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Comparing the Rings of the Outer 13

Courtesy of Nick Strobel at www.astronomynotes.com

The rings of (top right) and (bottom right) are similar to those of and consist millions of small rocky and icy objects in separate . The figure shows a comparison of the scales of and their ring systems.

Problem 1 – Compare the extent of the ring systems for each in terms of their in units of the radius of the corresponding planet. For example, ‘The extend from 1.7 to 2.0 times the radius of Uranus’.

Problem 2 – An icy body will be destroyed by a planet if it comes within the Tidal Limit of the planet. At this distance, the difference in between the near and the far side of the body exceeds the body’s ability to hold together by its own gravity, and so it is shredded into smaller pieces. For Jupiter (2.7), (2.2), Uranus (2.7) and Neptune (2.9), the Tidal Limits are located between 2.2 and 2.9 times the radius of each planet from the planet’s center. Describe where the ring systems are located around each planet compared to the planets Tidal Limit. Could the rings be explained by a or moon’s getting too close to the planet?

Space Math http://spacemath.gsfc.nasa.gov

Problem 1 – Compare the extent of the ring systems for each planet in terms of their size in units of the radius of the corresponding planet. For example, ‘The rings of Uranus extend from 1.7 to 2.0 times the radius of Uranus’.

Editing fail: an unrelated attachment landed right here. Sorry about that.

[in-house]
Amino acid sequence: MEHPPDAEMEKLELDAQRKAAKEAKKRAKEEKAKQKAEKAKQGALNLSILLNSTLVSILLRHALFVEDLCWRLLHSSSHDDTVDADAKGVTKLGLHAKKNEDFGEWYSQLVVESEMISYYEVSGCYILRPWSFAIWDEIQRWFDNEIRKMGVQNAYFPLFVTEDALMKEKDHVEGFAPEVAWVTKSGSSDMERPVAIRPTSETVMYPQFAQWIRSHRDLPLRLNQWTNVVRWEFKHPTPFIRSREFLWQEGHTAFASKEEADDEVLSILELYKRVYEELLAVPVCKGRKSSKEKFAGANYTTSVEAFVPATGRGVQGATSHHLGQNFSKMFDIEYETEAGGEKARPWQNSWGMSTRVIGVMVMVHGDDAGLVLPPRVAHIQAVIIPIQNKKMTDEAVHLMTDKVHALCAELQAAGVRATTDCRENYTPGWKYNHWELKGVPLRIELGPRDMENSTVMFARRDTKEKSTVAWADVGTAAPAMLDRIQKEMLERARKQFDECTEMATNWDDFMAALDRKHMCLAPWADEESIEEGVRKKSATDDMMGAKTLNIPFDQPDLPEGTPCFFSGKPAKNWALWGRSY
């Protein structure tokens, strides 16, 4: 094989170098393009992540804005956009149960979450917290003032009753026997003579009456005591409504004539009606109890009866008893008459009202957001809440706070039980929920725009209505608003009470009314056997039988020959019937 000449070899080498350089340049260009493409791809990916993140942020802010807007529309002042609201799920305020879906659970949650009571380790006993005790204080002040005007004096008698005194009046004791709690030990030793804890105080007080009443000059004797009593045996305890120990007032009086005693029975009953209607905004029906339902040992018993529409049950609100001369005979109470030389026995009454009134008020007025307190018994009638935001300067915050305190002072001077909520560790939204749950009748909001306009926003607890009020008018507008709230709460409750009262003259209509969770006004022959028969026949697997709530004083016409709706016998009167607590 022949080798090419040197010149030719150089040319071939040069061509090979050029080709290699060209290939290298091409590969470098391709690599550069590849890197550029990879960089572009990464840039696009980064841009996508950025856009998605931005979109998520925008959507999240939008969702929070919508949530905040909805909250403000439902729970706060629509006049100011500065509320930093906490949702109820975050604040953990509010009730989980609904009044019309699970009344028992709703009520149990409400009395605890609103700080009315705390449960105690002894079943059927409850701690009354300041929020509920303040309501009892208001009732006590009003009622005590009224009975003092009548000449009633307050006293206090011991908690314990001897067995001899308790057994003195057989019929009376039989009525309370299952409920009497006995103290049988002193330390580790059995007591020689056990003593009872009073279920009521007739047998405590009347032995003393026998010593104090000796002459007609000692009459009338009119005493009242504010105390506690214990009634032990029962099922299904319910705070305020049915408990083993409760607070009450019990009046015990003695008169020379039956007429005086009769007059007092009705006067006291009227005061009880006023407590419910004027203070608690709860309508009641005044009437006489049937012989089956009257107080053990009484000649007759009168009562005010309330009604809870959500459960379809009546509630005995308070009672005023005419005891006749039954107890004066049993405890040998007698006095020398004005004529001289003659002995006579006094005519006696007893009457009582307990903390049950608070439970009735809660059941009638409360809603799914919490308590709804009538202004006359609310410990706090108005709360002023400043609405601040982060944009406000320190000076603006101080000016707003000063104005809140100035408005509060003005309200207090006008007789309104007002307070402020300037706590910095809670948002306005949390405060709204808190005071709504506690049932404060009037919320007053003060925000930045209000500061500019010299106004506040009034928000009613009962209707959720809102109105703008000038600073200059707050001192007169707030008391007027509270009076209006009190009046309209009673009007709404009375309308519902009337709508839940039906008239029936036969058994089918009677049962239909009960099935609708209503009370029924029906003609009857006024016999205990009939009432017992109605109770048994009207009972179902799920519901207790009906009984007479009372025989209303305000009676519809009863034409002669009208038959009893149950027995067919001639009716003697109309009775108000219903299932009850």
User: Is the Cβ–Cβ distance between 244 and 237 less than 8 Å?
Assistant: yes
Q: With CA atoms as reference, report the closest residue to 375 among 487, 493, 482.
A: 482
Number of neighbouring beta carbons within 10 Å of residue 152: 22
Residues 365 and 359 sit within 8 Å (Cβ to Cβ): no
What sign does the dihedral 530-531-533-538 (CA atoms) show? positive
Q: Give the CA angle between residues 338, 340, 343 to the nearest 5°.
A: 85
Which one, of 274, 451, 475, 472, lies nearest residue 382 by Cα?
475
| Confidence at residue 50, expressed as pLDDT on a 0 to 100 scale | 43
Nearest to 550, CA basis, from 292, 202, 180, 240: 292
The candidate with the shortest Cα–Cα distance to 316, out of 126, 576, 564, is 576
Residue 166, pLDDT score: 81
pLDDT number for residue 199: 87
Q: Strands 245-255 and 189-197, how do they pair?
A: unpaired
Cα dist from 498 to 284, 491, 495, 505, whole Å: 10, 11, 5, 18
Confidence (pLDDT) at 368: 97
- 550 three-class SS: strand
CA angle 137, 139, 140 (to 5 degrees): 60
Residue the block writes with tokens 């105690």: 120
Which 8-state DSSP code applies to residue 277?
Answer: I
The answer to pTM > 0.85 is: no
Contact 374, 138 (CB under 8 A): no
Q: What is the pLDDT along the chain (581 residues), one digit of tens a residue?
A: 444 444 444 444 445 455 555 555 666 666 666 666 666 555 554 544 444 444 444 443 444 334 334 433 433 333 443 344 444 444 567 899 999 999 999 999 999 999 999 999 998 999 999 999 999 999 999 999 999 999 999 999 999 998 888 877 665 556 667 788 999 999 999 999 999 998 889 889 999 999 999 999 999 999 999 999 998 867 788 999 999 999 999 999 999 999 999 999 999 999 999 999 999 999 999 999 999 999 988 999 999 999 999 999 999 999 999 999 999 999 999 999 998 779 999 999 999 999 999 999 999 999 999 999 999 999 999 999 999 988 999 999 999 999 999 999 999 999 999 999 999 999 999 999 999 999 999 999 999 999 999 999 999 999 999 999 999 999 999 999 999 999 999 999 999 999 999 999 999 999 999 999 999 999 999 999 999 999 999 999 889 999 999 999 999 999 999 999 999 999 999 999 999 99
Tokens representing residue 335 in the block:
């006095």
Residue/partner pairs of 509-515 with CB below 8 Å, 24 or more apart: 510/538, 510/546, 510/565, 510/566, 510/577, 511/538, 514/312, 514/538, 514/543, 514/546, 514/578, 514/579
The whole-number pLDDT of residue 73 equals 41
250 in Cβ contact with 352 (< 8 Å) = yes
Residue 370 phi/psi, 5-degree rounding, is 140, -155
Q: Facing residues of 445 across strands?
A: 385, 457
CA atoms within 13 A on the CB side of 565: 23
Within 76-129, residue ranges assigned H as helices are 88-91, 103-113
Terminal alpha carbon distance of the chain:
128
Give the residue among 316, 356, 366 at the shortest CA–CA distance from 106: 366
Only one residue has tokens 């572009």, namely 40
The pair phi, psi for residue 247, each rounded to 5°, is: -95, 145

Answer: Jupiter from 1.4 to 2.3 Saturn from 1.1 to 3.6 Uranus from 1.7 to 2.0 Neptune from 1.7 to 2.7

Problem 2 – An icy body will be destroyed by a planet if it comes within the Tidal Limit of the planet. At this distance, the difference in gravity between the near and the far side of the body exceeds the body’s ability to hold together by its own gravity, and so it is shredded into smaller pieces. For Jupiter (2.7), Saturn (2.2), Uranus (2.7) and Neptune (2.9), the Tidal Limits are located between 2.2 and 2.9 times the radius of each planet from the planet’s center. Describe where the ring systems are located around each planet compared to the planets Tidal Limit. Could the rings be explained by a moon or moon’s getting too close to the planet?

Answer: Jupiter 1.4 2.3 (2.7) Saturn 1.1 (2.2) 3.6 Uranus 1.7 2.0 (2.7) Neptune 1.7 2.7 (2.9)

The location of the tidal radius for each planet is given in parenthesis on this scaled model. We see that for all of the planets, most of the ring material is located inside the Tidal Limit. In the case of Saturn, which seems to be the exception, there is also some ring material outside R = 2.2 Rs and includes the very sparse F and G rings. But even for Saturn, the majority of the visible rings (seen through a ) are inside the Tidal Limit.

The rings can be explained by that were tidally destroyed as they passed inside the Tidal Limit for each planet. These moons could not have been formed this close because the same tidal forces that destroy these moons would have prevented them from assembling, so the moons must have been formed outside the Tidal Limit and over millions of years their orbits carried them closer and closer to the Tidal Limit until they were finally destroyed.

Space Math http://spacemath.gsfc.nasa.gov